When famous ultramarathoner Micah True, 58, died in May of this year, general trust in the safety of marathon and long distance running waned a bit. The near-legendary “Caballo Blanco,” as he was known, died during a routine solo run near his home in Mexico.
The case of Mr. True is only the most popularized of several reports of death during or shortly after marathon-distanced runs in the US, and so some popular suspicion of long distance running has emerged as of late. While it is non-debatable that long distance running puts a strain on the body, and that there have been several documented deaths related to marathon running, it is not exactly true that more people running longer distances equals more running-related deaths.
Let me explain what I mean:
According to the New York Times, research done by Johns Hopkins and other medical research facilities has demonstrated that even with the sharp peak of interest in marathons over the past decade, the numbers of documented deaths has not increased. A total of 28 deaths occurred over the course of that time, making for an incredibly low percentage of runners. Most of these cases were heart-related, while others were simple, although tragic, cases of dehydration and dangerously low counts of sodium in the bloodstream. Both of these conditions are rooted more in how the runner nourishes their body for the race, than in the race itself. The heart conditions are more enigmatic, although physicians point out that training for marathons probably prevents more heart issues than it causes.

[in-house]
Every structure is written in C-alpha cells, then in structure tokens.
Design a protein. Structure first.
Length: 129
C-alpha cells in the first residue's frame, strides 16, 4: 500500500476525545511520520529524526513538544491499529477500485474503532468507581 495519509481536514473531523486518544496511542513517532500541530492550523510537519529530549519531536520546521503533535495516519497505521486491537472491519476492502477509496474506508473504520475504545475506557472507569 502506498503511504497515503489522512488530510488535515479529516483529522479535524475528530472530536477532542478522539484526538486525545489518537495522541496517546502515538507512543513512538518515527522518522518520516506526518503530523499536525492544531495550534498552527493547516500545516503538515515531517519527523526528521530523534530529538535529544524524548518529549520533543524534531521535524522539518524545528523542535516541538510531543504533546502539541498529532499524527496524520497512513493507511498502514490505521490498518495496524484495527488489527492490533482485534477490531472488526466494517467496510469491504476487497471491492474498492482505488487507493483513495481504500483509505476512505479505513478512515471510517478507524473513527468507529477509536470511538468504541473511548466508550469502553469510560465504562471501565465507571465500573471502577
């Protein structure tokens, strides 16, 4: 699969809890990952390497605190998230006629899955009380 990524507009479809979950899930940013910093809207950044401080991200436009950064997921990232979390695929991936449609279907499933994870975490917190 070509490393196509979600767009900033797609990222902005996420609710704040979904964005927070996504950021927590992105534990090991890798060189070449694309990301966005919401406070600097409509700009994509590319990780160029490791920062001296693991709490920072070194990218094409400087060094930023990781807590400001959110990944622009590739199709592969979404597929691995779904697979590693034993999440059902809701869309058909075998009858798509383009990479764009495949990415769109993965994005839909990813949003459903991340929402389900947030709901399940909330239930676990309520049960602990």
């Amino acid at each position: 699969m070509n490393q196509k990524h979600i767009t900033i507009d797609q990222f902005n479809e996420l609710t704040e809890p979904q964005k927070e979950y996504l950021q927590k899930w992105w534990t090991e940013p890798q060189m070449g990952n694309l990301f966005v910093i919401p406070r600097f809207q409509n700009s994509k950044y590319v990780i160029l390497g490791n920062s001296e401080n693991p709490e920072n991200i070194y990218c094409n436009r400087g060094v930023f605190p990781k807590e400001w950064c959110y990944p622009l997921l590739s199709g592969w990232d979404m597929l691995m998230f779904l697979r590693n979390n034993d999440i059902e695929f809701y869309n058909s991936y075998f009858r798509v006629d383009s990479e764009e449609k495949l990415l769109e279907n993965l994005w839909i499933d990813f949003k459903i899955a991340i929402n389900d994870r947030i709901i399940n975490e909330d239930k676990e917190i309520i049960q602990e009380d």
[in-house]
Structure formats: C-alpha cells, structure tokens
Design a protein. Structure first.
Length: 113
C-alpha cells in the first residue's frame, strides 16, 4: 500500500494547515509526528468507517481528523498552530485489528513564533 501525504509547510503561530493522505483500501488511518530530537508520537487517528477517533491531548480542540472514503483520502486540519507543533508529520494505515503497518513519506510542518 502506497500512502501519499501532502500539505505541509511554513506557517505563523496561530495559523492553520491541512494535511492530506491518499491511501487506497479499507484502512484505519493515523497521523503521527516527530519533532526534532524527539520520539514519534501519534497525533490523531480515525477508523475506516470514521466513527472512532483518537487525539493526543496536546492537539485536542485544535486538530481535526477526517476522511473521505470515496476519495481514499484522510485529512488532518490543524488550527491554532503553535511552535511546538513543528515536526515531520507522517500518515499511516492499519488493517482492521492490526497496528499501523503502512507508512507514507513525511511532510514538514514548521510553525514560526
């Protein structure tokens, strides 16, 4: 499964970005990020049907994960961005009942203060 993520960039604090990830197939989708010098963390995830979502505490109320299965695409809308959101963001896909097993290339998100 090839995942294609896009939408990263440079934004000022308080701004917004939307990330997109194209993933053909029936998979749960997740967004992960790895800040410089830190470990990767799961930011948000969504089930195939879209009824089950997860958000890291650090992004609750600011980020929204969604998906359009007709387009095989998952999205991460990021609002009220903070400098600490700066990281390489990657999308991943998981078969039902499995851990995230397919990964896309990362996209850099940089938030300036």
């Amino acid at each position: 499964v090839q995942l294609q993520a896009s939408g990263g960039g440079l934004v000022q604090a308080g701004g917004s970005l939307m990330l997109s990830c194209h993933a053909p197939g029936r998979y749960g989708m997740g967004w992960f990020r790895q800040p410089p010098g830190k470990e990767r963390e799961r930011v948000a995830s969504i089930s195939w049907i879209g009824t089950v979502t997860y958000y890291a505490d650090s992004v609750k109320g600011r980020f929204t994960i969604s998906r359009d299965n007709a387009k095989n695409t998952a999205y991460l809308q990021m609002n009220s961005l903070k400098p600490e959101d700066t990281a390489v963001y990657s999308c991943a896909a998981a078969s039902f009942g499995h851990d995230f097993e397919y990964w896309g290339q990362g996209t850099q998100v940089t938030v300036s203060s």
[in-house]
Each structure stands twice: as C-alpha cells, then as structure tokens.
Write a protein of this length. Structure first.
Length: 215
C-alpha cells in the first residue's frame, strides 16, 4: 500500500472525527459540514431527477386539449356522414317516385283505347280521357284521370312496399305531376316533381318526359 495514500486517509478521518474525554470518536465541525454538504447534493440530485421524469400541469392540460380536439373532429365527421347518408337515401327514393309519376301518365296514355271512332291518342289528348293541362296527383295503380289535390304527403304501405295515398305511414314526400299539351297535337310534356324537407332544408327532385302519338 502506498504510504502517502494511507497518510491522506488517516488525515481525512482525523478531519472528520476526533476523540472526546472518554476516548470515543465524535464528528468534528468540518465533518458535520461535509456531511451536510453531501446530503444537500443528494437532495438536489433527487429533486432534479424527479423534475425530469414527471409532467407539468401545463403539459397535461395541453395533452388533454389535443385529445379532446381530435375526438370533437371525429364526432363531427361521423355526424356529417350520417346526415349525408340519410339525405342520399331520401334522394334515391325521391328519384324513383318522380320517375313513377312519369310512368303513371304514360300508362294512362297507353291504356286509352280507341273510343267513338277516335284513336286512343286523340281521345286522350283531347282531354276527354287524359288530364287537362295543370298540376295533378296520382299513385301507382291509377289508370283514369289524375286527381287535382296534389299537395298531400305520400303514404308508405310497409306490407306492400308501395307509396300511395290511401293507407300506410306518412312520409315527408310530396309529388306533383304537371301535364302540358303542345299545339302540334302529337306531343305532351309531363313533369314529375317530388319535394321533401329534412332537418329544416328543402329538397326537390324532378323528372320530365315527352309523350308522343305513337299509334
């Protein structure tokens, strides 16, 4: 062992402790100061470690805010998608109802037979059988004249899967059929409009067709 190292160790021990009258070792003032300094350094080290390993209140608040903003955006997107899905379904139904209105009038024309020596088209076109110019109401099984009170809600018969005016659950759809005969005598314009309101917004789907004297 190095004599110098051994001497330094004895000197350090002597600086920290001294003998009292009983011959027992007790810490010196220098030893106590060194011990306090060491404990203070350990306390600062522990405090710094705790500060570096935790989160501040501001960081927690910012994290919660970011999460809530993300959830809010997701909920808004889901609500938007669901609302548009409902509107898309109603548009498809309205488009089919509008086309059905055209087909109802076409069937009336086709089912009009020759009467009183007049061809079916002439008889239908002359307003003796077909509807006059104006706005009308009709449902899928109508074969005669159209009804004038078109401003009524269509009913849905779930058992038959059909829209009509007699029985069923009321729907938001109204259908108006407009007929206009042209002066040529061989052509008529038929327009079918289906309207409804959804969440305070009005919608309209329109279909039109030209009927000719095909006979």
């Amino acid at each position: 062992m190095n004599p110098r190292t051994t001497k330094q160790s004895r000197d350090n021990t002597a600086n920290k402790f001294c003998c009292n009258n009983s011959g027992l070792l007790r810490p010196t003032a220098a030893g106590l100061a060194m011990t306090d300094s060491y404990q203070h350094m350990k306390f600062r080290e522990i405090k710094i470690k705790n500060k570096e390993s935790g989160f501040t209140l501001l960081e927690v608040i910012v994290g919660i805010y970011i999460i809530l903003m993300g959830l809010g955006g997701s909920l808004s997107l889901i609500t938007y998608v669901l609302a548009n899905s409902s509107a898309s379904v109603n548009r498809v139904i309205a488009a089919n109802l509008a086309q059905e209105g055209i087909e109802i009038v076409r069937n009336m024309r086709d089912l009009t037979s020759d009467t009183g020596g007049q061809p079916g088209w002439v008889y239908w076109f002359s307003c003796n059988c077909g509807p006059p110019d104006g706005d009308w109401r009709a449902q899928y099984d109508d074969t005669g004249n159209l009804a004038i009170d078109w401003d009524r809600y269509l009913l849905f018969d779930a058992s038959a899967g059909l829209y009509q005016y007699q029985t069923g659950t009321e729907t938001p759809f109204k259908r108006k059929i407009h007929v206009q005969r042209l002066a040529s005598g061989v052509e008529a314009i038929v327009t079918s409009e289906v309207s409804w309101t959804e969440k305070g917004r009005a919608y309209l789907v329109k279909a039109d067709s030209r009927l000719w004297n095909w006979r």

Since our knowledge of all of the factors that go into dangerous heart complications is still incomplete, the number of variables linking the cases of death during marathons is still beyond complete certainty. Many heart issues are hereditary, the result of substance abuse, or simply unexplainable. Plus, as Dr. Pham in the aforementioned article makes clear, the relationships between running and the cases of death is indeterminable, since physicians are not required to report that kind of information.
So the jury’s still out with recent data, but what we do know is that strenuous activity always increases the chances of heart complications. This should go without saying. Any time the heart has to work harder than normal, it is under duress. This is why the goal of cardiovascular exercise is to cause the heart to do more than it normally world, knowing that stress creates strength. The same is true with weightlifting in the gym.
Keeping all that in mind, there are certainly some things that runners should do to keep safe when running long distances. First of all, try to always run long distances with a partner, especially in remote areas. The case of Mr. True teaches us that running alone can make assistance in the case of emergency very difficult. Second, runners should stay hydrated, and in doing so, ensure that their hydration contains the recommended amounts of vitamins and electrolytes. Hyponatremia and dehydration, as mentioned above, are known causes of death and sickness during intense physical activity. Finally, runners should take care of their hearts. If you have any family or personal history of heart-related illness, please, please, consult a doctor before trying to run a race as long as a half or full marathon. Get regular check-ups and pay attention to your body’s natural signals to ensure that everything is working smoothly.
So, we have concluded that long-distance running and sudden death or heart attacks are not necessarily connected in any absolute way. In fact, the cases themselves are very low in number, and usually involve persons who are forty and older. But that doesn’t mean that long distance runs cannot be very dangerous for a person who is not properly taking care of his or her body. Stay safe by regularly checking in with a doctor and getting the most recent health information about staying hydrated and nourished during a long run. Happy trails!
Photo credit: Robin McConnell